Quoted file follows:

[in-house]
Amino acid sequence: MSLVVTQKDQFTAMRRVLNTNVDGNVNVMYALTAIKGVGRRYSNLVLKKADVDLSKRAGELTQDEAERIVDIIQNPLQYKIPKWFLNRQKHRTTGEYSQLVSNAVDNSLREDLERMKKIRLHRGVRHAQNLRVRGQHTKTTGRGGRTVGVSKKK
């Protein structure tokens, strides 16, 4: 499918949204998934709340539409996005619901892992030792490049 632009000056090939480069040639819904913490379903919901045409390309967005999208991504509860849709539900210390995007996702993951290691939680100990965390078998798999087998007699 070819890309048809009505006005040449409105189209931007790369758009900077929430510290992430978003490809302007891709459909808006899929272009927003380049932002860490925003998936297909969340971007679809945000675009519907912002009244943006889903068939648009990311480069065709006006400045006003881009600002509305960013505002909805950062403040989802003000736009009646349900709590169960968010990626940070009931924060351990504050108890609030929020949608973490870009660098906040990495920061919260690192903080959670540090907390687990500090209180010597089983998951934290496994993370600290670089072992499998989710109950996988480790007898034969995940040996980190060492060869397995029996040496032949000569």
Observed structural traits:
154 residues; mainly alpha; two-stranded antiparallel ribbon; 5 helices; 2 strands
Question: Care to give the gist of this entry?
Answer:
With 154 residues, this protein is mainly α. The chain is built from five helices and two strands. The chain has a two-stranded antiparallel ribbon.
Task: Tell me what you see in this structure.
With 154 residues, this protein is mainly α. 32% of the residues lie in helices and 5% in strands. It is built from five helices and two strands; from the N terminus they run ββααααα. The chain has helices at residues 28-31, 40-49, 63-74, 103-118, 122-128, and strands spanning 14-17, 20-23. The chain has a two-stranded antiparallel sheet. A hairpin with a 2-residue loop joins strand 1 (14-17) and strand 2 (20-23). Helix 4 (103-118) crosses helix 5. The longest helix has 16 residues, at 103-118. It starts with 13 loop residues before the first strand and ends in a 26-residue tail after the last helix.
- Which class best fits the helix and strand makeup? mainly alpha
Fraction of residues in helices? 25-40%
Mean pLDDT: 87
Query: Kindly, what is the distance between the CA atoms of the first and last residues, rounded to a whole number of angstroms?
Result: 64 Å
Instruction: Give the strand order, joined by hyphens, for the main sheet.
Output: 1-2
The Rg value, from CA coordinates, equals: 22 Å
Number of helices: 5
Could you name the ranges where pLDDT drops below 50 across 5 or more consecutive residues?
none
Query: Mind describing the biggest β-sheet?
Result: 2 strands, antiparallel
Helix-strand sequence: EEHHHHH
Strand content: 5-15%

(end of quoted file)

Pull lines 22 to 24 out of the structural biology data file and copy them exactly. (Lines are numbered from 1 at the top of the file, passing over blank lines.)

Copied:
Query: Mind describing the biggest β-sheet?
Result: 2 strands, antiparallel
Helix-strand sequence: EEHHHHH